As regards enforcement, complaints can be lodged by parties suffering from an alleged violation that appreciably limits the mechanisms available to the groups to influence the AMC. However, various round tables and public discussions are usually taken into account by the AMC, and there have been cases where the issues raised by the groups resulted in investigations and decisions.
There are no sector-specific rules in Ukraine. Given that pharmaceutical deals are normally large-scale, a great deal of the mergers reviewed by the AMC are not domestic transactions. Still Ukrainian merger control rules capture many foreign-to-foreign transactions and there have been many decisions in such cases.
The AMC actively encourages third parties to express their opinions with respect to notified mergers by publishing short notices on its website and sending information requests to selected respondents. From a competition analysis perspective, the effectiveness of such an approach is questionable; it also makes the review process more complex and less predictable for the notifying parties, as the law is generally silent as to what extent such third parties shall be heard, and scope of their involvement is at the AMC’s discretion. Judging from past cases, the notifying parties may need to address negative opinions that are not always substantiated (eg, the authority may not have sufficient resources to do a fast and proper analysis of such responses).
Another issue is that the AMC approach to defining the relevant markets and assessing possible effects on competition is still developing, and may vary from case to case.
Historically, the AMC reviewed most mergers referring to ATC classification. In most cases, it used ATC level 3 as a starting point; recent merger cases show that the authority tends to examine at ATC4 or even ATC5 level. Over the past year, the AMC has conducted many sector inquiries that led to alternative market definitions. While the AMC continues to predominantly use ATC3 in merger cases, in other cases it would rather initiate an in-depth substitutability analysis.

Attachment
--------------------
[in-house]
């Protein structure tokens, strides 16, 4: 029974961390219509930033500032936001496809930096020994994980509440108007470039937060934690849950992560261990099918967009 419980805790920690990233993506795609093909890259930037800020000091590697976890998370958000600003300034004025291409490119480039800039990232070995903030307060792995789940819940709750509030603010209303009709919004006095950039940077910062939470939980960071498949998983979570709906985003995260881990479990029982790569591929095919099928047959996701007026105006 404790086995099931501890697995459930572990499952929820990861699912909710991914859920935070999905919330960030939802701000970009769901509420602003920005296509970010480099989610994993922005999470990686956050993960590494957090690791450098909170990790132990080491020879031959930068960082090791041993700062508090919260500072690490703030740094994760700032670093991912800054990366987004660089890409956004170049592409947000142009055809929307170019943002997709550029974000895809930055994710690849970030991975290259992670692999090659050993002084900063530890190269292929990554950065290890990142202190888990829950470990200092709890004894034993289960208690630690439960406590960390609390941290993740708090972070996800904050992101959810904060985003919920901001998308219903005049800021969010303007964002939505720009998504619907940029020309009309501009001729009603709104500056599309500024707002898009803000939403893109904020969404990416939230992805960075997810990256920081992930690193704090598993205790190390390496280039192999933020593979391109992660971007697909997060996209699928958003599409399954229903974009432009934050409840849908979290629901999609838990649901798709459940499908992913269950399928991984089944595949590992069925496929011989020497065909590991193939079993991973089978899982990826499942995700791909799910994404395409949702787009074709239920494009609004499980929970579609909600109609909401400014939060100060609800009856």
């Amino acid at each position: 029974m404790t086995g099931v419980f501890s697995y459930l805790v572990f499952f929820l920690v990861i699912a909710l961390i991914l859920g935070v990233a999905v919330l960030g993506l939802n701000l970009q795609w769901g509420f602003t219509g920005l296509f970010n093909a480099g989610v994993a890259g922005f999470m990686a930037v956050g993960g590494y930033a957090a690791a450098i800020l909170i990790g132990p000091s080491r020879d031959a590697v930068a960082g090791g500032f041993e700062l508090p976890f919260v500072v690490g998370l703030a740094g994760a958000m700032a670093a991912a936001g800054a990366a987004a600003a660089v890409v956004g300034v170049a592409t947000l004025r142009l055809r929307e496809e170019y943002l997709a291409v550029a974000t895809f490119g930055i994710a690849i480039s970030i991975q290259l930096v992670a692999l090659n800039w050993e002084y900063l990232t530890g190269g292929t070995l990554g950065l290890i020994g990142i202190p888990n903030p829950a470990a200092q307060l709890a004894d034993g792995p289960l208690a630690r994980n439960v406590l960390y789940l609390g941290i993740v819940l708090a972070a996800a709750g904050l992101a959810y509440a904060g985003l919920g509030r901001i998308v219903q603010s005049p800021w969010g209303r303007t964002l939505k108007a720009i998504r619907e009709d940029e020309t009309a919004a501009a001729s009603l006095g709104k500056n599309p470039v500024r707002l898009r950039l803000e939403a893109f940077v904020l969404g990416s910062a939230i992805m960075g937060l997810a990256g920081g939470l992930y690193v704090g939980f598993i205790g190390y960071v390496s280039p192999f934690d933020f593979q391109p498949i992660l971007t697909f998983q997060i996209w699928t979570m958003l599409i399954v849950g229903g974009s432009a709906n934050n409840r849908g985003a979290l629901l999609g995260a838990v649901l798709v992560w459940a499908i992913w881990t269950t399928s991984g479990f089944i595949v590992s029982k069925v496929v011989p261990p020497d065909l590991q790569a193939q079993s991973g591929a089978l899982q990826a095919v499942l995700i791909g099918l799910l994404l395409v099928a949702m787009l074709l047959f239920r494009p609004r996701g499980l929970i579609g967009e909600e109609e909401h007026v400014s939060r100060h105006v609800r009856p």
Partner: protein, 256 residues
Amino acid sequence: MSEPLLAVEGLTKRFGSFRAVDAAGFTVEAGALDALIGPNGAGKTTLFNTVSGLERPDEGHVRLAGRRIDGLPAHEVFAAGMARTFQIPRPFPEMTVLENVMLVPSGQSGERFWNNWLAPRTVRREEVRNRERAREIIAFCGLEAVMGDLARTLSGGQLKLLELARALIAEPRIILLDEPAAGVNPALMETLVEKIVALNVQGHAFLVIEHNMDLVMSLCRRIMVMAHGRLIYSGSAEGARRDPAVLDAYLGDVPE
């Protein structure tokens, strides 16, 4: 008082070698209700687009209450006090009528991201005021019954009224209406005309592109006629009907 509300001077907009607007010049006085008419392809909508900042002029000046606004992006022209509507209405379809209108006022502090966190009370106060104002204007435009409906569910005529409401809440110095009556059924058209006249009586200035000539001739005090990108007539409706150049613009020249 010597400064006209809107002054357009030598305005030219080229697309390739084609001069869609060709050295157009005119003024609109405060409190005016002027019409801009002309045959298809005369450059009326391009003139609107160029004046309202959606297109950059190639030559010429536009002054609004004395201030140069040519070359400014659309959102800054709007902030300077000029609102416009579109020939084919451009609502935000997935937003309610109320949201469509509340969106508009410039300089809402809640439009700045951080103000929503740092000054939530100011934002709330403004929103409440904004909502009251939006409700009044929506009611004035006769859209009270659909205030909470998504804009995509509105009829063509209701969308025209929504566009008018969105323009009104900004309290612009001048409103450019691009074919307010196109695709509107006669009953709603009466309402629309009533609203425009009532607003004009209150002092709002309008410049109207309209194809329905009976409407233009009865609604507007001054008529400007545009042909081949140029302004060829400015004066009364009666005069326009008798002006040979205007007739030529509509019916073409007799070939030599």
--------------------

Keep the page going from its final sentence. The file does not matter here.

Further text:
The AMC often relies on various scientific studies and opinions of the competent Ukrainian associations and institutes. Where switching to an alternative product is problematic (eg, because of the established practice or other reasons why the procuring public authorities would normally stick to specific brands), the AMC is likely to consider such product as a separate market, even though there could be substitutes at the same ATC level. Other factors that are often seen as differentiating between products are, for example, galenic form, dosage or even the price. There have been cases where competing products were each considered as a separate product market because they were marketed under different brands.
As regards geography, the AMC would often consider the national market. In mergers it may also take a wider approach and look at the market more globally (in particular, with regard to APIs), especially when it comes to overlaps or claimed efficiencies.
For mergers involving retail distributors and pharmacies in particular, the markets may be defined much more narrowly (eg, within a particular city or region). In many abuse of dominance cases pharmacies were considered as having a dominant position on selected streets or other small areas. Needless to say, such an approach is heavily criticised.
In mergers, efficiencies may be taken into account, but they would not outweigh serious competition concerns at the AMC review stage. The legislation, however, provides for the possibility of seeking CMU clearance of a transaction prohibited by the AMC. This procedure is very complex and rarely used (there are no precedents in the pharmaceutical sector), but the efficiencies or other advantages should be taken into account by the CMU.
There are two tests for assessment of mergers in Ukraine. The merger can be prohibited if it either results in monopolisation or substantial restriction of competition on the market. There is no established practice on assessing the competition concerns raised by a merger, but historically the AMC has analysed whether such merger may lead to monopolisation on the relevant market.